Our school has 1:1 technology. It needs 1:1 plants, too.

Having a plant to visit, talk to, learn from, and enjoy impacts mental health and general wellness. 

First Person is where Chalkbeat features personal essays by educators, students, parents, and others thinking and writing about public education.

Being the environmental education specialist at a K-12 school in Colorado is full of wins and what we’ll call opportunities for growth. I love reading student essays on recycling, Zooming into discussions with ninth graders about climate change, or inviting a speaker from our local waste management facility to talk to our third graders. 

Our school has 1:1 technology, meaning every student has their own internet-enabled device — and that has been imperative for student success, especially this past year. But after a year of “stay at home” orders and the like, we all need to spend some more time outside. Which got me thinking: What if, in addition to 1:1 technology schools, we had 1:1 plant schools? 

Chandra Valenza (Courtesy photo)

When I presented this idea to our school’s executive director, she was immediately supportive, though she explained that we didn’t yet have enough plants for everyone. So we started with trees, with each class adopting a tree on campus. They got an adoption certificate and everything. 

The sophomore class painted rocks to put around their tree along with a healthy helping of mulch. A fifth grade class wrote essays about how they take care of their tree and presented them to me as part of their literacy curriculum. With their input, we fertilized their tree with vermicompost tea. 

Seeing the success this year of 1:1 trees, I am prepared to implement 1:1 plants next school year, now that the rest of our outdoor campus is built. Here’s how it will work: Outdoor plants will be assigned to every student and staff member, similar to how they received their tree adoption certificate. Kindergarteners will start with plants that are near the building and high schoolers with plants that are farther out. Each year, students will be assigned a different plant, allowing them to feel connected to different parts of the campus. I believe the impact will be extraordinary.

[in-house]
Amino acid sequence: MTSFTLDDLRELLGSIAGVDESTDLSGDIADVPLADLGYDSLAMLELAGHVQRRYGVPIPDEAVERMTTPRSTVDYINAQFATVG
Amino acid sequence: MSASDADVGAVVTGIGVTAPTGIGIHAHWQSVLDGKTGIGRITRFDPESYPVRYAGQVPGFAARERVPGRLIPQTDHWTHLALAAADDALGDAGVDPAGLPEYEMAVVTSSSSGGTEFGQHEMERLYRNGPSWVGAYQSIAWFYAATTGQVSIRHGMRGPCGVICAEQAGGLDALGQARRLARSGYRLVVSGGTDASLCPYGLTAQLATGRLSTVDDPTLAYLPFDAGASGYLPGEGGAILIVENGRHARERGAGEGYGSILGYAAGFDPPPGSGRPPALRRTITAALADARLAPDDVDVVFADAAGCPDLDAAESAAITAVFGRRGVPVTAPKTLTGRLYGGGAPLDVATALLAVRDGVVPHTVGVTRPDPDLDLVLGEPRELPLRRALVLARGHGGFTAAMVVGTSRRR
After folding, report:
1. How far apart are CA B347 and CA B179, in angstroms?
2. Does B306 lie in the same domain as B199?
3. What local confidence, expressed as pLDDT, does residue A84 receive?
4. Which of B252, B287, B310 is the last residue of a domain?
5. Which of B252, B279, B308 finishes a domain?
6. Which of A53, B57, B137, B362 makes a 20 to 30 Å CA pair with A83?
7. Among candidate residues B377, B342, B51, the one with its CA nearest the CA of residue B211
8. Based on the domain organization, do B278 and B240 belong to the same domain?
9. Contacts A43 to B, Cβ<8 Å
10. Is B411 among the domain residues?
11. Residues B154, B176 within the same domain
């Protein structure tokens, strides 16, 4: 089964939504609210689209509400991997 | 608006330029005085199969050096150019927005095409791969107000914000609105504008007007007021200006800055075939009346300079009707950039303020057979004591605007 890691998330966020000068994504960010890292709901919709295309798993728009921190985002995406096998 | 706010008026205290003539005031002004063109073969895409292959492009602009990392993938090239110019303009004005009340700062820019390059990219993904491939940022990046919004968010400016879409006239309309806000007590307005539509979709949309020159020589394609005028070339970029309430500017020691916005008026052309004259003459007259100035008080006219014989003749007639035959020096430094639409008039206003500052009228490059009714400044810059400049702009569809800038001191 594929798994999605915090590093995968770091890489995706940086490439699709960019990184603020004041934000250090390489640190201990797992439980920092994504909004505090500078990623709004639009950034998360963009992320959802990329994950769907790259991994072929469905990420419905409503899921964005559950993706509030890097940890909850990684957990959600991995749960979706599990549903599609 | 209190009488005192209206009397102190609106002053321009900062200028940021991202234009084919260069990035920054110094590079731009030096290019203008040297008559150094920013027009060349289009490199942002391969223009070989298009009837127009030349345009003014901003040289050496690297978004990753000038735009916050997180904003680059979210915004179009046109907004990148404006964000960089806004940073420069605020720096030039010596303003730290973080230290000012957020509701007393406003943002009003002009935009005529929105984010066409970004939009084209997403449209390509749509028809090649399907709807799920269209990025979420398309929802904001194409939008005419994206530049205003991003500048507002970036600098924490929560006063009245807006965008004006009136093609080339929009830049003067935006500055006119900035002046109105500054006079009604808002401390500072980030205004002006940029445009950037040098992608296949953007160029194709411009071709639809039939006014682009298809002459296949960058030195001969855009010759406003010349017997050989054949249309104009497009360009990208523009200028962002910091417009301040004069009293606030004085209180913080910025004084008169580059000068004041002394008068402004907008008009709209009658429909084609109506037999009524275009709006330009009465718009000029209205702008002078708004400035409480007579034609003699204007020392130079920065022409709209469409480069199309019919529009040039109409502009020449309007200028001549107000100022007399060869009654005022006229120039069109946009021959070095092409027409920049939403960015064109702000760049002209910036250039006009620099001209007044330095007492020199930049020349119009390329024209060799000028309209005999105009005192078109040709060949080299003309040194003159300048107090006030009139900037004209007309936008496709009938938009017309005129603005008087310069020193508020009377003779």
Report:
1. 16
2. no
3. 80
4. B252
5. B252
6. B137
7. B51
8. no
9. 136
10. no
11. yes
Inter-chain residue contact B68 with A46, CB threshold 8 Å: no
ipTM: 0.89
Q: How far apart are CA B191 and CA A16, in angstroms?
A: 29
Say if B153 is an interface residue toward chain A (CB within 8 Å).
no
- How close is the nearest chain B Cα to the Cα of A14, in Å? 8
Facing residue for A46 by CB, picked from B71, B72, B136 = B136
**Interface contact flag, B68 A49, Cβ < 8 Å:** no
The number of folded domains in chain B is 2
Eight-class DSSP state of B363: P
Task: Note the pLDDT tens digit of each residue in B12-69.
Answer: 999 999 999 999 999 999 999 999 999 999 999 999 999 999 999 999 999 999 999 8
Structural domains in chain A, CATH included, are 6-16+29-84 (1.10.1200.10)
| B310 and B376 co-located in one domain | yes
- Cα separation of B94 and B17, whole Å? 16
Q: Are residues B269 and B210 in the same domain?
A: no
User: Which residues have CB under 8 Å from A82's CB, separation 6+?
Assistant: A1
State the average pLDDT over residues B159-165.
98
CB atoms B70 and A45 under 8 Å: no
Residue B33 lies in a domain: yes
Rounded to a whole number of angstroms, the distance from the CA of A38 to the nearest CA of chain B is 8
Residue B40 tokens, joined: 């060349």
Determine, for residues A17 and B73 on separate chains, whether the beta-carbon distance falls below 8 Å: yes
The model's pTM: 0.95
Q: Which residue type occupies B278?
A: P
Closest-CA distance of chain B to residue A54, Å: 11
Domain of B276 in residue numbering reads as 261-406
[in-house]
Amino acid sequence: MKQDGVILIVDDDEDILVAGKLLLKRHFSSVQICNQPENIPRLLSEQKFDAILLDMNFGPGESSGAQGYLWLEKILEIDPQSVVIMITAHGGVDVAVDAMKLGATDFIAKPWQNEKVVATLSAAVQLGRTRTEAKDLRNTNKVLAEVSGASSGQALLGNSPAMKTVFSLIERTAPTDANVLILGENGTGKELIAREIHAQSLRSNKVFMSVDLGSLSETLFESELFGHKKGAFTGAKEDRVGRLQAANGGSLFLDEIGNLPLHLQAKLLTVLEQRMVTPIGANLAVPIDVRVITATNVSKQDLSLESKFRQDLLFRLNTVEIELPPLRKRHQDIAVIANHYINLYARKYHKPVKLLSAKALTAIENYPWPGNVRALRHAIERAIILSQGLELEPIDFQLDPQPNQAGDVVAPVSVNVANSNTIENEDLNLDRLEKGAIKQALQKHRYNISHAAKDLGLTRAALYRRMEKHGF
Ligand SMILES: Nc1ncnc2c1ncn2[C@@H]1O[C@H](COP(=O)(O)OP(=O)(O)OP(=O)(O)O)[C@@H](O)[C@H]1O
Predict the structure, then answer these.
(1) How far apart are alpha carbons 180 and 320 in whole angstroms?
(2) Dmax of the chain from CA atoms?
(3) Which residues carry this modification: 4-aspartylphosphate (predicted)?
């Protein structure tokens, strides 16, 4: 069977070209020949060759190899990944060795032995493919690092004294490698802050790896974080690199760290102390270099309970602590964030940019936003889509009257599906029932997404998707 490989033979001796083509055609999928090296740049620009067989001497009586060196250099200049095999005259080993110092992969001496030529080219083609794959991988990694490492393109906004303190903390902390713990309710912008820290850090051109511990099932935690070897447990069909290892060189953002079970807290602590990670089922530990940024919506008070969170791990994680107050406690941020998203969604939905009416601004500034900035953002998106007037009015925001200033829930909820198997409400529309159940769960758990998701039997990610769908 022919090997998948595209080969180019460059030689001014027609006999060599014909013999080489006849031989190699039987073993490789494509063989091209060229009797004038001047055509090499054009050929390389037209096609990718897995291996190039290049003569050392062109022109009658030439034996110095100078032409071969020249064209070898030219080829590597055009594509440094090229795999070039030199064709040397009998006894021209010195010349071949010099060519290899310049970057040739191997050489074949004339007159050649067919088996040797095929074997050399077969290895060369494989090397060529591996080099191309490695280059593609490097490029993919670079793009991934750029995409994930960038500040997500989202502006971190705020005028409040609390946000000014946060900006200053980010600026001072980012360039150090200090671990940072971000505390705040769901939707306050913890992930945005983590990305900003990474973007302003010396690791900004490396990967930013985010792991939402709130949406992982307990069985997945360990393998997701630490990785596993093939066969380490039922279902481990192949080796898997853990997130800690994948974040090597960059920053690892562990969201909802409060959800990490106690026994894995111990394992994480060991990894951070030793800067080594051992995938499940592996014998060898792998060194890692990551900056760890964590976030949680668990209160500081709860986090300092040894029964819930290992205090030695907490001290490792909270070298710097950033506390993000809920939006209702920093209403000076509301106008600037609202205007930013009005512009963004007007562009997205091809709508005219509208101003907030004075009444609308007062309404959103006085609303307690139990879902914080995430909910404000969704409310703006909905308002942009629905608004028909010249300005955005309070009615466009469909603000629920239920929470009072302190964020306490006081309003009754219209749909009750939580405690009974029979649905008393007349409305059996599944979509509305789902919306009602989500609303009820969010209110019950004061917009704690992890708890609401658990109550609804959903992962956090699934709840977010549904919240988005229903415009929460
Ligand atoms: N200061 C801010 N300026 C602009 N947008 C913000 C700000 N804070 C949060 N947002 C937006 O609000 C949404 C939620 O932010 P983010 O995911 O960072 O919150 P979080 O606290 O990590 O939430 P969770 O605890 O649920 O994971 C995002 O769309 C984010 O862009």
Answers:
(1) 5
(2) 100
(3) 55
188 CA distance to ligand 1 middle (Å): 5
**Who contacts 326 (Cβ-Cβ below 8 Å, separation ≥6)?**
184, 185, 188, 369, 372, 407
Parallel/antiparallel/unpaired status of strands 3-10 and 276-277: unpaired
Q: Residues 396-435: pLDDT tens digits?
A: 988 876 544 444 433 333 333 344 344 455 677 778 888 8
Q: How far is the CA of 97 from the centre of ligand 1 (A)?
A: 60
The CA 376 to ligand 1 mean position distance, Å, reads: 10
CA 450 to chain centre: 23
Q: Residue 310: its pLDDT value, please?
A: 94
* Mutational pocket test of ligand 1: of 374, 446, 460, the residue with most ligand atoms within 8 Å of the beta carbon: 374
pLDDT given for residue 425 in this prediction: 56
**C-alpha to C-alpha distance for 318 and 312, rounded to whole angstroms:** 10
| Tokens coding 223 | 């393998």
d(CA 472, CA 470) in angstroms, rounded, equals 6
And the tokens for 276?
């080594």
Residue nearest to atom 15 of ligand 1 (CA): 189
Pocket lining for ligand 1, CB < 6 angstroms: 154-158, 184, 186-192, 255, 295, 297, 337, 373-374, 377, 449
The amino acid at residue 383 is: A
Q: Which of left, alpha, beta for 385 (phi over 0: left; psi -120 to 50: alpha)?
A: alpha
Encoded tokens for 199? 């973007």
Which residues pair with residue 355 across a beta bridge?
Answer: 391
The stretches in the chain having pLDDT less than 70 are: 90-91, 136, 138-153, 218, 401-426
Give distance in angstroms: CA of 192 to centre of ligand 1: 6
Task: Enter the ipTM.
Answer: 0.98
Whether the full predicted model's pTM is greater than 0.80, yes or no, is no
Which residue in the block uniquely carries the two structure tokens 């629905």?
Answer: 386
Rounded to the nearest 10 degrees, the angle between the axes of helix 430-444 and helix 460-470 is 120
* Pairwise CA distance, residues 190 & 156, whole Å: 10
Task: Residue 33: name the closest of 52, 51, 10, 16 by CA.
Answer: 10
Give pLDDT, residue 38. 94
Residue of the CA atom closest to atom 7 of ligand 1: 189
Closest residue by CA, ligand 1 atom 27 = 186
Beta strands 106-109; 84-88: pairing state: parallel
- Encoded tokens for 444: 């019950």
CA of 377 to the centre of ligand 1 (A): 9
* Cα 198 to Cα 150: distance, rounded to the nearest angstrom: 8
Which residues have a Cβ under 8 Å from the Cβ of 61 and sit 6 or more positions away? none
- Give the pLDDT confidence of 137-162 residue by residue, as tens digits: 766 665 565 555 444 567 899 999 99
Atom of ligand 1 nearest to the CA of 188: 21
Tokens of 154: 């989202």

It will encourage members of our school community to get outside more, which is the first step in fostering environmental stewardship. Students and teachers alike can see the community as their classroom. It is my firm belief that if students know their place in the world, they will take action to help it thrive. 

Often, students don’t feel like they have much power in the world. At Westgate Community School, where I teach, they partake in service learning, but the scope is still rather small. 1:1 plants will help foster a sense of agency and ownership for a critical part of our community. I envision students saying to themselves, “If I can take care of this plant, I can take care of myself and the community.” 

Students will start to see how their plant is connected to other plants and other parts of the environment. As students go from grade to grade, they will also witness the growth of their plants around campus. They can see if their plants have all needed the same things and how their relationship to the plants has changed as they’ve grown. 

If you devoured Robin Wall Kimmerer’s book “Braiding Sweetgrass: Indigenous Wisdom, Scientific Knowledge and the Teaching of Plants” like I did, you will understand the profound benefit of fostering a reciprocal relationship with nature. I take care of the plant, and, in turn, the plant takes care of me. A reciprocal relationship organically develops. Having a plant to visit, talk to, learn from, and enjoy impacts mental health and general wellness

There are also many interdisciplinary lessons to be gleaned. In literacy, students might write a news article about their plant. A math lesson might involve measuring the plant or looking at the geometry within it. Social studies lessons might include researching plants indigenous to the area and gardening methods used by people in different communities and parts of the world. In science, students might test soil quality or record the lifecycle of their plant within the school year. 

The fervor my colleagues and students had for their adopted tree was immediate. What will happen next school year when each person has adopted their own plant? I have a feeling the result will be magnificent.

Taking care of plants and allowing plants to take care of us may just change the world. 

Chandra Valenza is the environmental education specialist at Westgate Community School in Thornton, Colorado. She has a Master of Arts in Education with an endorsement in Environmental Sustainability Education from Antioch University in Seattle.